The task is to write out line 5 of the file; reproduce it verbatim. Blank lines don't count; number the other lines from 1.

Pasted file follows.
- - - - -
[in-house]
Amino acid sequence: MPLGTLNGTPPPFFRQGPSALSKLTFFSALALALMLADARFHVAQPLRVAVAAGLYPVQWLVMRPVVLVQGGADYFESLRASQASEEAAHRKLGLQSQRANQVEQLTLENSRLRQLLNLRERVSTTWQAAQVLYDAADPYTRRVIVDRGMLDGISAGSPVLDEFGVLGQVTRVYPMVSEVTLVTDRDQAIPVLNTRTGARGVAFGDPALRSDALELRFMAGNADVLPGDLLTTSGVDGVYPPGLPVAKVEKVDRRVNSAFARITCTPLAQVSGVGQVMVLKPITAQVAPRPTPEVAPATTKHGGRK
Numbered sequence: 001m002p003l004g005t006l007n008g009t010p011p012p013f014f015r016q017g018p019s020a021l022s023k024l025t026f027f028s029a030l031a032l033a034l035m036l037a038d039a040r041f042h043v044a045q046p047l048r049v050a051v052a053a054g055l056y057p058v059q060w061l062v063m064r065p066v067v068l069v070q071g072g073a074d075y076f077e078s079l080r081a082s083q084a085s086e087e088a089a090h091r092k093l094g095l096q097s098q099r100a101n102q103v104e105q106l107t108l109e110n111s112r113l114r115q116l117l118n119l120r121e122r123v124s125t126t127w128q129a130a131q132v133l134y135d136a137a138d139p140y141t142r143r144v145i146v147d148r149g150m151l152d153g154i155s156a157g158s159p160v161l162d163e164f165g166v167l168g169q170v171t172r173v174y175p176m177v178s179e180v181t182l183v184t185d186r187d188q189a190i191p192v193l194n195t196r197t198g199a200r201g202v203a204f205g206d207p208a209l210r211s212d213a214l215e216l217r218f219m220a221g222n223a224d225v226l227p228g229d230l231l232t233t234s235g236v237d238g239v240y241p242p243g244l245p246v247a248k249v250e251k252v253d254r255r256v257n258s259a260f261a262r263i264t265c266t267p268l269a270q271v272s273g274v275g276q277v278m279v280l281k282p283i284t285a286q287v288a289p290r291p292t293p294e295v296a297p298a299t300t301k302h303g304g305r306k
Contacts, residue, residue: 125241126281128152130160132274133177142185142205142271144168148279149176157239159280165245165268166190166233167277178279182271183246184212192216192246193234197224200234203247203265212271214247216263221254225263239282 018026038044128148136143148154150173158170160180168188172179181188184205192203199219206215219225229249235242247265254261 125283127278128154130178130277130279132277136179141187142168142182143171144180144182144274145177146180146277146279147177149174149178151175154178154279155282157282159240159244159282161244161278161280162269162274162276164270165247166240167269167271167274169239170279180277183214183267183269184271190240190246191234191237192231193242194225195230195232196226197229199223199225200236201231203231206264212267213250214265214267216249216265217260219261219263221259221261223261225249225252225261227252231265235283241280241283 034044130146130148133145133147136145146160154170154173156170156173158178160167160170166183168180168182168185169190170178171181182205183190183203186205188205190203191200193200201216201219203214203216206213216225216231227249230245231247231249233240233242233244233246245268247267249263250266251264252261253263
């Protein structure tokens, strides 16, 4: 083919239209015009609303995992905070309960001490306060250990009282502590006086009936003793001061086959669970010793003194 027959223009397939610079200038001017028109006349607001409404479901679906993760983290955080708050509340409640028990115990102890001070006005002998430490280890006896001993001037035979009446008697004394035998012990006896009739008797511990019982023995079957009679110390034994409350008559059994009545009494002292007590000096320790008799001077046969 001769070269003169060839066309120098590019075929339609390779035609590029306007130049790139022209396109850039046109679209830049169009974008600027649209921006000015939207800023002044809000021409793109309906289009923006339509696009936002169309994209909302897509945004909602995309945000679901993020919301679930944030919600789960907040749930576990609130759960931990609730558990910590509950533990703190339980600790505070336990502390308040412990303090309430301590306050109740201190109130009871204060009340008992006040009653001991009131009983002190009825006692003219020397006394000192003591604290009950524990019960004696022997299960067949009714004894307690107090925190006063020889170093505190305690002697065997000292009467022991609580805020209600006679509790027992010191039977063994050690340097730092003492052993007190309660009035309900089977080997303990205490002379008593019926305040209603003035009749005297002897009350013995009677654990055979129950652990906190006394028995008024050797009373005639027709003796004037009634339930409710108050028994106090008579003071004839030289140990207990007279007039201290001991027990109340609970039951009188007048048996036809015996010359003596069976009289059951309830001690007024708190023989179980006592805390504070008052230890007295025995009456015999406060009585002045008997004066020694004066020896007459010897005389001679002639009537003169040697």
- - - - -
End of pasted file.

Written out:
């Protein structure tokens, strides 16, 4: 083919239209015009609303995992905070309960001490306060250990009282502590006086009936003793001061086959669970010793003194 027959223009397939610079200038001017028109006349607001409404479901679906993760983290955080708050509340409640028990115990102890001070006005002998430490280890006896001993001037035979009446008697004394035998012990006896009739008797511990019982023995079957009679110390034994409350008559059994009545009494002292007590000096320790008799001077046969 001769070269003169060839066309120098590019075929339609390779035609590029306007130049790139022209396109850039046109679209830049169009974008600027649209921006000015939207800023002044809000021409793109309906289009923006339509696009936002169309994209909302897509945004909602995309945000679901993020919301679930944030919600789960907040749930576990609130759960931990609730558990910590509950533990703190339980600790505070336990502390308040412990303090309430301590306050109740201190109130009871204060009340008992006040009653001991009131009983002190009825006692003219020397006394000192003591604290009950524990019960004696022997299960067949009714004894307690107090925190006063020889170093505190305690002697065997000292009467022991609580805020209600006679509790027992010191039977063994050690340097730092003492052993007190309660009035309900089977080997303990205490002379008593019926305040209603003035009749005297002897009350013995009677654990055979129950652990906190006394028995008024050797009373005639027709003796004037009634339930409710108050028994106090008579003071004839030289140990207990007279007039201290001991027990109340609970039951009188007048048996036809015996010359003596069976009289059951309830001690007024708190023989179980006592805390504070008052230890007295025995009456015999406060009585002045008997004066020694004066020896007459010897005389001679002639009537003169040697």